I've said it before, and I'll say it again. I'm terrible at self-promotion, and I know I should just be confident etc, but it's really one of the most difficult things for me to do. The truth is that I love making things, and these days, I am attempting to support myself and family through selling all of my various wares. So, if you are looking for gifts that are handmade and inspired by nature, look no further than Spring Bird!
I've been busy painting tin heart ornaments with animals, which we encounter as pets, in the woodland, and at neighboring farms. I drew and painted birds for blank, all occasion note cards, and there are still plenty of "You Are Here" tote bags. Also, Spring Bird's Woolgathering makes a great gift for the nature lovers in your life who enjoy reading about and contemplating the cycles of nature.
So, if you are interested in shopping Spring Bird, check out any of the following:
Website Store or Etsy Shop
or at Nido Art Studio
514 Terry Ave., Aurora, IL 60506
on Sunday, December 3rd 12:00-4:00!!!
Nido's Holiday Market will feature many local artisans and their handmade gifts!!! It's going to be warm and fuzzy!!
And, if Spring Bird Shop doesn't have what you are looking for, please consider buying handmade items from local artists, on Etsy, or other handmade marketplaces. Here's to a stress free, joyful holiday season! Cheers!
In my childhood home, a green ceramic cornucopia, stuffed with artificial fruits and vegetables, signified Thanksgiving season. It sat atop the elaborately carved, dining room buffet, spilling its plastic contents in a dramatic flourish. My brother Nick and I would pass by the decoration and pluck off its grapes to chew and suction on to our tongues. As a result the bounty diminished with each passing Thanksgiving.
I don't know why this memory has stuck with me, but I suppose it felt sneaky and fun to pilfer the grapes. Like puppies, the chewing was probably soothing in some basic way, but mostly, it was so silly to stick the grapes to our tongues. I'm so glad I had/have family with whom to be silly. What is life for if not to ridicule the existence of an artificial cornucopia--to dare it to usefulness -- to very literally taste its inedible bounty?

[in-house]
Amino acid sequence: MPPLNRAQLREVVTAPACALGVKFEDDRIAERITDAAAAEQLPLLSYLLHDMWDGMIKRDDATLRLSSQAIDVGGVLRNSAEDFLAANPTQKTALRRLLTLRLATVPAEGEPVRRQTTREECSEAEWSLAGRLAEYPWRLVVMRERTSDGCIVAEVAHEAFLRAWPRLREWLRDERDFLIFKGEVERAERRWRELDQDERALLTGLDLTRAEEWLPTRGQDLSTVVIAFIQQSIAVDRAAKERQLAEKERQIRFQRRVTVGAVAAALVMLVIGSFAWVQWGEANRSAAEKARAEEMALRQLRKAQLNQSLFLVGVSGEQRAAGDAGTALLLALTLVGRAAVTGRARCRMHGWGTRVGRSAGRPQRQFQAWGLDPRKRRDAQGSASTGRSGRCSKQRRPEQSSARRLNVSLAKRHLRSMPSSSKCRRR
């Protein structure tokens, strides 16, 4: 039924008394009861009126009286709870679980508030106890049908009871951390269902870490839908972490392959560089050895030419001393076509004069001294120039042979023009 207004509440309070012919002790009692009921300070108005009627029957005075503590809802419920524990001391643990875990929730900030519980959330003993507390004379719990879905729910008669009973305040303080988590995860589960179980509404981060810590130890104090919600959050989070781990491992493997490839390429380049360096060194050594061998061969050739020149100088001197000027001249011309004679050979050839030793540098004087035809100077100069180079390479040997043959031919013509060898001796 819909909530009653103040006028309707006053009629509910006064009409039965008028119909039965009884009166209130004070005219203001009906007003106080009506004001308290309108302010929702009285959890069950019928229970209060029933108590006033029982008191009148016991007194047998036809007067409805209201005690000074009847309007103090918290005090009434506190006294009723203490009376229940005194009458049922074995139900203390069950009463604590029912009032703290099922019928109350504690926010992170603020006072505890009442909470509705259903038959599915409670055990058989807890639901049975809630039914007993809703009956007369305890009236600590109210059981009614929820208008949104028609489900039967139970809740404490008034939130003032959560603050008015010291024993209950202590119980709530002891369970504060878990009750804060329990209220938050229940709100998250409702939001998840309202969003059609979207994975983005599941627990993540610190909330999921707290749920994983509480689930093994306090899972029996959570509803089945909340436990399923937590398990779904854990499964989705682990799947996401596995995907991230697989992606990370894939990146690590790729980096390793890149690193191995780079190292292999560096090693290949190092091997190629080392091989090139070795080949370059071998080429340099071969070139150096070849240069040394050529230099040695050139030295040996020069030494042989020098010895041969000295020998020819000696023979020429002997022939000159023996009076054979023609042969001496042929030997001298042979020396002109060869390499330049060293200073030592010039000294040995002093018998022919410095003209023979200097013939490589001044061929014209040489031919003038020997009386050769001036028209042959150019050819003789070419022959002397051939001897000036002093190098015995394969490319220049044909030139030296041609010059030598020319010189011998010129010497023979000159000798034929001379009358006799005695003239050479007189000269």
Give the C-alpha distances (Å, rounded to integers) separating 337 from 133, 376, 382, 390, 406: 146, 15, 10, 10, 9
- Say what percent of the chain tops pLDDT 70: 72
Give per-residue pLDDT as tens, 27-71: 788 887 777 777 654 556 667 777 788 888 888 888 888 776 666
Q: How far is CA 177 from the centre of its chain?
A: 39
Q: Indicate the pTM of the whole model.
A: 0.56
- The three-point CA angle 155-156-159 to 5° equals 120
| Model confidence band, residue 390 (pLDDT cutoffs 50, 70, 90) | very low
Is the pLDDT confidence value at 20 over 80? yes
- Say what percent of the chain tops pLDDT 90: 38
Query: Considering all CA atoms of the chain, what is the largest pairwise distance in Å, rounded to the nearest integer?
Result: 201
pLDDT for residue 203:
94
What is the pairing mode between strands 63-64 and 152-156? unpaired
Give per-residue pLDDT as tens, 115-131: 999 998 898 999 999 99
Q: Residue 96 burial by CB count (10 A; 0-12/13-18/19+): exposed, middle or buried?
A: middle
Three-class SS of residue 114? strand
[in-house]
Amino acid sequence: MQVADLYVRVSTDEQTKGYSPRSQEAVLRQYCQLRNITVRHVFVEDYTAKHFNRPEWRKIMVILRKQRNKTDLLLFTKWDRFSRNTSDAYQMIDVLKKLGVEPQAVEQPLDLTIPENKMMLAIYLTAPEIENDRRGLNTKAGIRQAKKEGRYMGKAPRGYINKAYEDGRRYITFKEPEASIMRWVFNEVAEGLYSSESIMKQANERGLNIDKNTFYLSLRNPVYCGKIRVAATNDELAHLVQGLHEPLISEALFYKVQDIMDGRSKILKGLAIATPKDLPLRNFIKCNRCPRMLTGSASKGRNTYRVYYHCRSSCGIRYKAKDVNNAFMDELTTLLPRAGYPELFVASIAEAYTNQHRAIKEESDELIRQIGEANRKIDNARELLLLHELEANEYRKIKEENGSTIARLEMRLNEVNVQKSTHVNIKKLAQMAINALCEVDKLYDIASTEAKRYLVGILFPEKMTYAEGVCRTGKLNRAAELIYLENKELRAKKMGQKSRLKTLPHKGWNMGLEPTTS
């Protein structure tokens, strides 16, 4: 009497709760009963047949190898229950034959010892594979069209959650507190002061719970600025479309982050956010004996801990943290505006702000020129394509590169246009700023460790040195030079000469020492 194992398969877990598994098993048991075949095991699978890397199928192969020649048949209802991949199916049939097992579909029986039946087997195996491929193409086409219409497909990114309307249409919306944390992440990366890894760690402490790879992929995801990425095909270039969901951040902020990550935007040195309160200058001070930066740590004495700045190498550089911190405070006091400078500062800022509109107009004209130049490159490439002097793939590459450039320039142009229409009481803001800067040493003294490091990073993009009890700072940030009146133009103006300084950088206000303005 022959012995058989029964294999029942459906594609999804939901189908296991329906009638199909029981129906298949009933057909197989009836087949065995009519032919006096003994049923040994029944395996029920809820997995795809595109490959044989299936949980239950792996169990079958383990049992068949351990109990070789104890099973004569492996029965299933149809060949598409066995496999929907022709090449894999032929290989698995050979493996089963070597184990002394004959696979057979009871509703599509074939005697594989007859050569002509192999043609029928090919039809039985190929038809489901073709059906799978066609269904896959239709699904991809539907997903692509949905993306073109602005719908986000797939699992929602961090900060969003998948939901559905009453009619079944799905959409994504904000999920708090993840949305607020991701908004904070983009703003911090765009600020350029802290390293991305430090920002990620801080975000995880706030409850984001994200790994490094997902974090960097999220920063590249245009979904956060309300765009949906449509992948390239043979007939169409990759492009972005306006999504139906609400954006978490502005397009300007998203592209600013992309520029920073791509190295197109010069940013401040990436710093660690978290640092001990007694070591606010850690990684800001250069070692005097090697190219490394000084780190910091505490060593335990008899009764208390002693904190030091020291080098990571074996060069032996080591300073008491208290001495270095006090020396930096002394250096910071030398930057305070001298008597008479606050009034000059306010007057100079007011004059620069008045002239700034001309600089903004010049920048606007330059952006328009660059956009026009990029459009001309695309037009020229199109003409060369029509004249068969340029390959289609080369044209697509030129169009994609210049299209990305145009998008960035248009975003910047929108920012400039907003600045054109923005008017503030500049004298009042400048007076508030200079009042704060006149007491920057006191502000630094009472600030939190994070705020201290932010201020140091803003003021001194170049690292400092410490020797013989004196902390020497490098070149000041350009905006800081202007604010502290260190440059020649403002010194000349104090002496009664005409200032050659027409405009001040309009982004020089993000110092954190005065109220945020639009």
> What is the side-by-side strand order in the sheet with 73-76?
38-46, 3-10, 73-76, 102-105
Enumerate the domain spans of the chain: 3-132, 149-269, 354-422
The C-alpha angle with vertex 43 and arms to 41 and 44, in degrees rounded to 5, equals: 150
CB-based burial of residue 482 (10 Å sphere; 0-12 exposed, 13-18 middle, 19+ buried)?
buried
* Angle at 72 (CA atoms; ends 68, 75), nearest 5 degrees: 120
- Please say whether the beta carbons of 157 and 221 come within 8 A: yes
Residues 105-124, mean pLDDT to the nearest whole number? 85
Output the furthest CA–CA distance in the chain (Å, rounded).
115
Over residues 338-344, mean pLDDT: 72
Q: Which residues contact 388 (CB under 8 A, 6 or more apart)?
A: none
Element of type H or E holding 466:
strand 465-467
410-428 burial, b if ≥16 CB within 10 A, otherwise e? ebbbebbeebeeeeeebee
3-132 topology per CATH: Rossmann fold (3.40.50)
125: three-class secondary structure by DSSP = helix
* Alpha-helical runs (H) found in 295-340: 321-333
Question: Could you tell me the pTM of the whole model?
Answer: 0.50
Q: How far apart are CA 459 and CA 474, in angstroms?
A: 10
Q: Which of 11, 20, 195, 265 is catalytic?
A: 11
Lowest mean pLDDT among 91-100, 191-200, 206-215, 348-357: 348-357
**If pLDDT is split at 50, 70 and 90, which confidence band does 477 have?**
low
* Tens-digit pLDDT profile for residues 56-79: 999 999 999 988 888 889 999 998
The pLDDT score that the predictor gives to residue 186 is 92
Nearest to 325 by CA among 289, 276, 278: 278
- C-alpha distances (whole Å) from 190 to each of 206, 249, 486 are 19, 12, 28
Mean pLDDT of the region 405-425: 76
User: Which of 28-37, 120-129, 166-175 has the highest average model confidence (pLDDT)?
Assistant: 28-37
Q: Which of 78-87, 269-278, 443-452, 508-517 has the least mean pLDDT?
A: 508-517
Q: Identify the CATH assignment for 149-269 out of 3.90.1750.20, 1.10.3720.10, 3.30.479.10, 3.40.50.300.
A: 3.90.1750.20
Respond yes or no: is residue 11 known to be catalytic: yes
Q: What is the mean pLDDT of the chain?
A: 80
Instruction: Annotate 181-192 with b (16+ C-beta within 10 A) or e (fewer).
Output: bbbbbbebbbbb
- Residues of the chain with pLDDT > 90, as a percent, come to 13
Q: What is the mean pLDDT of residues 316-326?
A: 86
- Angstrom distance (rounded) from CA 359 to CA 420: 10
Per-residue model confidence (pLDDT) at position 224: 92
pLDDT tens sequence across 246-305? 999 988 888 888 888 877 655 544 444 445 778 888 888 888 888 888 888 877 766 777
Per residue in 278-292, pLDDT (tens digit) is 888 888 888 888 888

Happy Thanksgiving! May you find opportunity to be silly, sneaky, or at the very least chew a lot this holiday!!!
PS Thanks for all of your support to Spring Bird, this blog, the cottage, Woolgathering, my work for sale, memory quilts . . . all of it!!!!!!!!!!!!!!! You're the tops!!!!!!!!!!!!!!!!!
My creative tree has many branches of varying interests, and this year, my creative tree grew another limb. I was looking for an innovative way to market Spring Bird's cottage. So, I decided to make simple stop-motion videos-- not because they'd be particularly successful in encouraging retreatants to come to Spring Bird, but because it was something I'd always wanted to do. This marketing things was just an excuse to finally make movies.
I used my kids' stop motion app: Videoshop. They gave me a quick tutorial, and I was set to make clumsy attempts at 2-D and then 3-D animation. It was immensely satisfying to figure out how to create the illusion of motion from static images--be they drawn or sculpted. Furthermore, the process scratches my storytelling itch --even if they are only five second stories that I'm telling. All in all, It's a delightful endeavor that has taken my creativity into a playful realm.
Then, one night, I woke with a vision of a diorama with two puppet versions of the main characters in a story that I have been writing. I call them Old Man and Old Woman. The scene was their bedroom, which was the first scene in their story. I knew I had to make them and the diorama--even if it all seemed ridiculous and childlike. I carved out time here and there to make bits and pieces, and eventually, when it was all complete, I made my first video of the couple in bed embracing. And as they say, a couple of stars were born. Since then, I've been making movies with these puppets and have made more dioramas. The diorama making is something that I want to explore more. I laugh at this because my grad-school colleagues could attest that every project idea I had, involved dioramas. I guess I really have a thing for dioramas. I think the appeal has something to do with manufacturing place. Creating place for films becomes set design, which is a whole other realm of illusion making-- of which I have a lot to learn.
What's most appealing of movie making is that movies are meant to be watched. I giggle to myself each time I put one out into the universe on Instagram @springbird_woolgathering or Facebook @SpringBirdwoolgathering. And finally, after some suggestions from friends, I've decided to start a YouTube channel: Spring Bird Studios, in order to have a place for all of the videos to exist together. Please check out the channel and subscribe so that you don't miss any future stories. I'm hoping to post at least one video a week and would love to make longer films. If I get very adept, I may graduate to real equipment and computer software beyond my humble app. BUT, if I'm being totally honest, I would love to animate the story that I've been writing, the one featuring the Old Couple. I realize that this dream sounds insane considering the fact that animated films require teams of experienced and educated people working through years of production and editing. I know, but it makes me giggle inside to think about it, and that's something, right?
Check out a recent movie about the Seasons which I made to advertise Woolgathering, Spring Bird's Quarterly Newsletter: a meditation on the seasons. Stay tuned for 2018 Woolgathering Packages and keep Woolgathering in mind as a holiday gift idea!
Clink Link Below for Movie:
Anna Lentz, artist and writer, blogs about making a creative life connected with nature at Spring Bird.
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